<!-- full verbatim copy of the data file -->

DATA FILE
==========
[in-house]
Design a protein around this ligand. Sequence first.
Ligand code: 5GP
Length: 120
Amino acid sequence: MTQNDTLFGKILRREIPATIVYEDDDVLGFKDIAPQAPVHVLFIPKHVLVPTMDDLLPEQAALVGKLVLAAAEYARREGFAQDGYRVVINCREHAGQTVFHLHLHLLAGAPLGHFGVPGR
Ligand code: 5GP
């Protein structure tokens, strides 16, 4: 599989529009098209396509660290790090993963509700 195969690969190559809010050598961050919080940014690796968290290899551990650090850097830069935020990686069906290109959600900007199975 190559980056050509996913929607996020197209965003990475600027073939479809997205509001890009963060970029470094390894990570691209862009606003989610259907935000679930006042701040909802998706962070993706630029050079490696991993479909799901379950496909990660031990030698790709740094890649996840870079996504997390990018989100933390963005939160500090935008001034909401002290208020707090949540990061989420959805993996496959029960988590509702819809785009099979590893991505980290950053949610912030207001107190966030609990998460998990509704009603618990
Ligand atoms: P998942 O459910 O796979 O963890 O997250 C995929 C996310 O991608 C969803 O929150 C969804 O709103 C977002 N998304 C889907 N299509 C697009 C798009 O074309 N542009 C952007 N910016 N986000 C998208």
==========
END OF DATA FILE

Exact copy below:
[in-house]
Design a protein around this ligand. Sequence first.
Ligand code: 5GP
Length: 120
Amino acid sequence: MTQNDTLFGKILRREIPATIVYEDDDVLGFKDIAPQAPVHVLFIPKHVLVPTMDDLLPEQAALVGKLVLAAAEYARREGFAQDGYRVVINCREHAGQTVFHLHLHLLAGAPLGHFGVPGR
Ligand code: 5GP
């Protein structure tokens, strides 16, 4: 599989529009098209396509660290790090993963509700 195969690969190559809010050598961050919080940014690796968290290899551990650090850097830069935020990686069906290109959600900007199975 190559980056050509996913929607996020197209965003990475600027073939479809997205509001890009963060970029470094390894990570691209862009606003989610259907935000679930006042701040909802998706962070993706630029050079490696991993479909799901379950496909990660031990030698790709740094890649996840870079996504997390990018989100933390963005939160500090935008001034909401002290208020707090949540990061989420959805993996496959029960988590509702819809785009099979590893991505980290950053949610912030207001107190966030609990998460998990509704009603618990
Ligand atoms: P998942 O459910 O796979 O963890 O997250 C995929 C996310 O991608 C969803 O929150 C969804 O709103 C977002 N998304 C889907 N299509 C697009 C798009 O074309 N542009 C952007 N910016 N986000 C998208």